Man on the street: What is some good advice for newcomers arriving in the Kaiserslautern Military Community?

Interviews and photos by Thomas Warner
contributing writer

Spc. Jasmarie Maldonado
“I would explore all your options for travel … don’t just stay in Germany. There are a lot of beautiful, interesting places out there to see.”

Maj. Josh Zeldin
“Get out amongst the community here and try to blend in so you are not just living among the Americans, per se. Get out into things and enjoy all that’s offered here.”

Sandra Horton
“I would recommend to do the driving license exam training ahead of time on the JKO ( website so you can have a good chance to get your license as soon as possible.”

Capt. Jennifer Brown
“Develop good eating and exercise routines as quickly as possible so you remain healthy during the move. Take advantage of these longer days and the sunshine, remembering to also find ways to be active indoors during the winter months when it is darker and colder.”

Staff Sgt. Ashley Fabela
“The most beneficial information to have known prior to arriving here is that just because you are on a waiting list for CDC child care here on base, it does not mean that once you arrive here in country you will magically come off the wait list. You can network though, with resources like Facebook and other means, to find great child care off-base. I found a wonderful provider who might even be able to teach my child to speak German.”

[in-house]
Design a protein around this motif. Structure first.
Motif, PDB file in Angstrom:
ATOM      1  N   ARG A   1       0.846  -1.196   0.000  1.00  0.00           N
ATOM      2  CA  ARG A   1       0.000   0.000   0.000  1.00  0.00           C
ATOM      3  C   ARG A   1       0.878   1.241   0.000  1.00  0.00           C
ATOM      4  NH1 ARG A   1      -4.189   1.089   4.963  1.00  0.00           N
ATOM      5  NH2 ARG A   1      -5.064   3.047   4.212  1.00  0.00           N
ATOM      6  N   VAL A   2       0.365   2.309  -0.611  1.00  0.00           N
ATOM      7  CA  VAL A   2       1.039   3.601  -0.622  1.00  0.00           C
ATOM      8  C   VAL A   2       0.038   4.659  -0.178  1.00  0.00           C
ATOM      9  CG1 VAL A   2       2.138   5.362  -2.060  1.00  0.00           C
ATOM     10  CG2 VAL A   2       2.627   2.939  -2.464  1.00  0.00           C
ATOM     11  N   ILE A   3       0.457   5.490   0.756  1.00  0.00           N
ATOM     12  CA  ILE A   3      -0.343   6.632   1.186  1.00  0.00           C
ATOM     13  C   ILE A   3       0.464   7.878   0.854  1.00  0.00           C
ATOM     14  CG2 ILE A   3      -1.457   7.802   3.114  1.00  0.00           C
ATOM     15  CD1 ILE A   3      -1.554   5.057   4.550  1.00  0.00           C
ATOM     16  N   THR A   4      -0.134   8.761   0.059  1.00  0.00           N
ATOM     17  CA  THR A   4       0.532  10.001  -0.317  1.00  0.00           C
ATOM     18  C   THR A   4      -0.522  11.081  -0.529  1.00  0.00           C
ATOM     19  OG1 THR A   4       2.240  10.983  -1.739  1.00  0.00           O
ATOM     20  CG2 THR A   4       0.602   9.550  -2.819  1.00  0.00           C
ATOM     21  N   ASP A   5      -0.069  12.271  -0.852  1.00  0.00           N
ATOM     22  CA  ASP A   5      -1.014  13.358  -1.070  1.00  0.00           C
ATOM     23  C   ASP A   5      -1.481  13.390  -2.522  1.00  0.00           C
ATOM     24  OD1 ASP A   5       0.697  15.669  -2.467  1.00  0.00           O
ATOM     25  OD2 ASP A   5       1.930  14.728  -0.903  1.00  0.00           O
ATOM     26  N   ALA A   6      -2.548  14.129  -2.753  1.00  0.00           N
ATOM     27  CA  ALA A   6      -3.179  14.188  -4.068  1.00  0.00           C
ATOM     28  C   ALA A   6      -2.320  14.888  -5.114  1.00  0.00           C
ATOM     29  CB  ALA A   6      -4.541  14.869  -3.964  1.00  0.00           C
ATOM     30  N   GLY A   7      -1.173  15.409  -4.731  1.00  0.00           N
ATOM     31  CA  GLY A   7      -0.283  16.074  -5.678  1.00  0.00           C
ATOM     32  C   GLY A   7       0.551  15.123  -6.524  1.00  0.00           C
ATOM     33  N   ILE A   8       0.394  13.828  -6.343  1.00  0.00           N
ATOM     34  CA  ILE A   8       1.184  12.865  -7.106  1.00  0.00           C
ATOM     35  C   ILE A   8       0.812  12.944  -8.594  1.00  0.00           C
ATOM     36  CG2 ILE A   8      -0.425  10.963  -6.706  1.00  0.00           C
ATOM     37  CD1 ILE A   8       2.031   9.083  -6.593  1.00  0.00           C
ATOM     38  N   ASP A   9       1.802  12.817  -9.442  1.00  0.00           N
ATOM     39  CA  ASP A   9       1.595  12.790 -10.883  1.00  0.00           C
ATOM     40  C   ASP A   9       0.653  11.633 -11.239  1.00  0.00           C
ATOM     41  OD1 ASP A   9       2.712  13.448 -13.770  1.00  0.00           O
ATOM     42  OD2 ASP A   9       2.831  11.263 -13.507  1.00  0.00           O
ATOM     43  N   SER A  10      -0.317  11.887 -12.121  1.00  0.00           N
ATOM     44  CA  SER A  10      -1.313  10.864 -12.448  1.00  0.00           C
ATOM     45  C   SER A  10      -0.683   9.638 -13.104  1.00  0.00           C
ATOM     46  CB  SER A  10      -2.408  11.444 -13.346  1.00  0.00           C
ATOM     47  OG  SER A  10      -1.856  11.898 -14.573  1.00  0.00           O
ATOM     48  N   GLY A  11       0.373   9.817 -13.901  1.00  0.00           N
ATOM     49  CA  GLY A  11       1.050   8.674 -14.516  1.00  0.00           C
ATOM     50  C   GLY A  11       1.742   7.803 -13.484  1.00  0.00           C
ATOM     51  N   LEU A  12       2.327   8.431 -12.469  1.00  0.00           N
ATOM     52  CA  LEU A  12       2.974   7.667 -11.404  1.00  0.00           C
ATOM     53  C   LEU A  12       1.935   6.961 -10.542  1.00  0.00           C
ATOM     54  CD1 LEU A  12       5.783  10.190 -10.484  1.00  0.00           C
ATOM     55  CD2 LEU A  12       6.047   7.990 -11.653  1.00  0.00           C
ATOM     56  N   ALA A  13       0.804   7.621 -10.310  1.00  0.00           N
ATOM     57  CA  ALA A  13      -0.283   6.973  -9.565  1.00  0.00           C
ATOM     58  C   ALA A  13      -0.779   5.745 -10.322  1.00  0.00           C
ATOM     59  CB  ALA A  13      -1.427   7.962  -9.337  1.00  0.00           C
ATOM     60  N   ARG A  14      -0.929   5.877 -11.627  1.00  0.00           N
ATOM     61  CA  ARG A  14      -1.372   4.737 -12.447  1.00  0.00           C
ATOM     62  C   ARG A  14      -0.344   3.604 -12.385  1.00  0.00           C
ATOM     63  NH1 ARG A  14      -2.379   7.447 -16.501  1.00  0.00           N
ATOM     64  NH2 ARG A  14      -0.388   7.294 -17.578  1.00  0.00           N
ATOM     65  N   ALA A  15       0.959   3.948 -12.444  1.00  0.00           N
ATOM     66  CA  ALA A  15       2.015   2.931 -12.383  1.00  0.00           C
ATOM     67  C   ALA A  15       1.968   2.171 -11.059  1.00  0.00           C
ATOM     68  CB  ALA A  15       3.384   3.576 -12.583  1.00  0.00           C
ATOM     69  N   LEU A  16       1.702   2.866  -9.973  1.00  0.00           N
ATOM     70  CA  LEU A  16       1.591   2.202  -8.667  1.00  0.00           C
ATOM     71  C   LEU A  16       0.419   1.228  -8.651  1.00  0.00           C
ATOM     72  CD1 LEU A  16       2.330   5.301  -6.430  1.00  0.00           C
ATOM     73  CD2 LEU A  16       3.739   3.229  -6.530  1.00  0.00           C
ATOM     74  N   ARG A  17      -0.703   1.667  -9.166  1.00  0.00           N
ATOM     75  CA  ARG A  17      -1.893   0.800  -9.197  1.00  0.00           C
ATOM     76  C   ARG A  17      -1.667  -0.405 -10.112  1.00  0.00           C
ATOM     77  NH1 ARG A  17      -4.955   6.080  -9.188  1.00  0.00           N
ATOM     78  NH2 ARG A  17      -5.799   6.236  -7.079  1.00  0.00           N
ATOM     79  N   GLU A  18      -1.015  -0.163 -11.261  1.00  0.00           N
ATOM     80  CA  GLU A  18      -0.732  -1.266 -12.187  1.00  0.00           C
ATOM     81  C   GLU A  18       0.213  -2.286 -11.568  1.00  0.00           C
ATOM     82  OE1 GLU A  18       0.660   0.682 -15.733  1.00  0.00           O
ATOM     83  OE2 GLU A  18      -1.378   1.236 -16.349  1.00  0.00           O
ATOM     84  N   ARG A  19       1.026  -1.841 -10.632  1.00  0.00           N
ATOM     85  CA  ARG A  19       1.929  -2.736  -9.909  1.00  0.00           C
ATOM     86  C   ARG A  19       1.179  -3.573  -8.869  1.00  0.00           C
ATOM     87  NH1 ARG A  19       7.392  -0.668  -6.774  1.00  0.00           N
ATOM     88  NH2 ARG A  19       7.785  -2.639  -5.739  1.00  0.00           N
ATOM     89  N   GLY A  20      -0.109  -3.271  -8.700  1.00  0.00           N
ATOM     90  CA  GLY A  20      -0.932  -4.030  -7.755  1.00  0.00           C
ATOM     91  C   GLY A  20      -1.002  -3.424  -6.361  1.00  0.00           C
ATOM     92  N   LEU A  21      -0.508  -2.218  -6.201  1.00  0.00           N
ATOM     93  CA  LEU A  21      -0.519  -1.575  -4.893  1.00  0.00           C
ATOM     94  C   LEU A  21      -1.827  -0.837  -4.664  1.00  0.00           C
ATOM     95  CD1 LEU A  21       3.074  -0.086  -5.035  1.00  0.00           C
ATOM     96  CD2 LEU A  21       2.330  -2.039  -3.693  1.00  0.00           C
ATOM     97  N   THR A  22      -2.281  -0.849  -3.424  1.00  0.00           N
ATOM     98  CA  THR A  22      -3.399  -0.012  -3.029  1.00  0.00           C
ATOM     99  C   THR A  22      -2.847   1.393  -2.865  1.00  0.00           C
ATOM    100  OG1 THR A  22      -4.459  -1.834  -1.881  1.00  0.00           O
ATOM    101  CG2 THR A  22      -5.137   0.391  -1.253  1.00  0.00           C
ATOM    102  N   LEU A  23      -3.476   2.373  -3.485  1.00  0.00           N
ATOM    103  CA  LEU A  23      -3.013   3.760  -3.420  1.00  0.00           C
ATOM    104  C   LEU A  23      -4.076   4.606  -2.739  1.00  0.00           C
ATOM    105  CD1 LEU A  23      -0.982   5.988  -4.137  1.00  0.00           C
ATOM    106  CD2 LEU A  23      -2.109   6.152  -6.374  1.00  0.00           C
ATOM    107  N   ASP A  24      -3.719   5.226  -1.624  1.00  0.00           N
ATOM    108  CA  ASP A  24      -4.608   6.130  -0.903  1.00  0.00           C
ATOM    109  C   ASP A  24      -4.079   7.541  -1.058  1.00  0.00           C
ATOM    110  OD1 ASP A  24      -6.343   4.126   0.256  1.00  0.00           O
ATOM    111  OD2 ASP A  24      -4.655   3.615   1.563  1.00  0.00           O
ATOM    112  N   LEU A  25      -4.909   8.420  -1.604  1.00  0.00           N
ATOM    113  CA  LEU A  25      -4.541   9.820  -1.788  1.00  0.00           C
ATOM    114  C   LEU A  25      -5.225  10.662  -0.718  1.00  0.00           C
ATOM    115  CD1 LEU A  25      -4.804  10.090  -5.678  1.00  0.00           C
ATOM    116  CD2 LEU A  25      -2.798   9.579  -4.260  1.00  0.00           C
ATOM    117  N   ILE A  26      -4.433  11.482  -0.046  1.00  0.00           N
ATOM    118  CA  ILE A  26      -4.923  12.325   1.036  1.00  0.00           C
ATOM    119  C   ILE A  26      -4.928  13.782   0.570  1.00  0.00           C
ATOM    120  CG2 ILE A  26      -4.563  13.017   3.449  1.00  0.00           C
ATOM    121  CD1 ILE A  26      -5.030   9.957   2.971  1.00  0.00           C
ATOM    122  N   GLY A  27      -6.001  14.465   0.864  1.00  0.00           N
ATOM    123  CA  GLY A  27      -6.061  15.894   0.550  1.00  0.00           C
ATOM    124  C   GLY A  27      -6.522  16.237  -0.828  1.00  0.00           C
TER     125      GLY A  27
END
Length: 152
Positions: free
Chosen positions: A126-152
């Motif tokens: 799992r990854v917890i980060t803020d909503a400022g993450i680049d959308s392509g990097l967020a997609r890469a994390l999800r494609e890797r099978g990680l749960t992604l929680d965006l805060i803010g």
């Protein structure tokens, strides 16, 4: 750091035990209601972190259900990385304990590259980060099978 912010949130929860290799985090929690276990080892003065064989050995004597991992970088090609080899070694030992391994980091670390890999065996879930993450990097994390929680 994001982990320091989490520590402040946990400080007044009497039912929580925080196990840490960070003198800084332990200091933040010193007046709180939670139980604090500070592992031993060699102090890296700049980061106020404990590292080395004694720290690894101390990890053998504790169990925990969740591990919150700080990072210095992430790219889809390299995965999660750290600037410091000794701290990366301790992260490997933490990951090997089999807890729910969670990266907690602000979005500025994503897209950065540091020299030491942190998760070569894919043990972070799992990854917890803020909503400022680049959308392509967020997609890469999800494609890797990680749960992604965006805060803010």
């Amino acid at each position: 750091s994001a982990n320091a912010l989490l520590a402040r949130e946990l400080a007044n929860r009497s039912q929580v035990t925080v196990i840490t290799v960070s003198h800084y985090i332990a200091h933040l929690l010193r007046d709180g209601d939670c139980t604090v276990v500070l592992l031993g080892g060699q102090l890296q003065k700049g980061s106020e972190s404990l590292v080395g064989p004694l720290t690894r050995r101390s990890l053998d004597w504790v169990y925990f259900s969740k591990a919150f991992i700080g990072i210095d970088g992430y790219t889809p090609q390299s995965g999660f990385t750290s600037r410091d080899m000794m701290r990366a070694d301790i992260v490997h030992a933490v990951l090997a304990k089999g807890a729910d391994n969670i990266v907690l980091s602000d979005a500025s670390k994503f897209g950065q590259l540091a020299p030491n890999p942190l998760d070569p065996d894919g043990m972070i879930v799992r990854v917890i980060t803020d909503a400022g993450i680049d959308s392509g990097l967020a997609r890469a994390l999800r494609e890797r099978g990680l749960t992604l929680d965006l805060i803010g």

Capt. Seth Kerr
“Reach out to your sponsor and if your sponsor is not very involved you can request a new one. You don’t have to stick with that first one that’s assigned to you; you can ask for a switch. A good sponsor can give you a lot of good information that can be beneficial. Once you get here you really should be reaching out, too, and get involved with community activities through Red Cross, USO, or other organizations.”

Staff Sgt. Orkie Bradley
“Find people who are in the community and have been here awhile who can tell you some of the lesser-known, but really good things to do here. I know a few reservists who have been here 10-plus years that know about some great Christmas markets that are not that publicized. So many of the German people here communicate so well in English so it’s really easy to talk with them about things to do.”

Ryzun Hazen
“Don’t just stay on your base; check out the community and German culture or heritage. Once you settle in, go traveling and see as many of the things available here as you can. There is a travel advisor inside the BX that can set up any trip excursions you seek to do when you first arrive and you can make lots of trips really easily on your own.”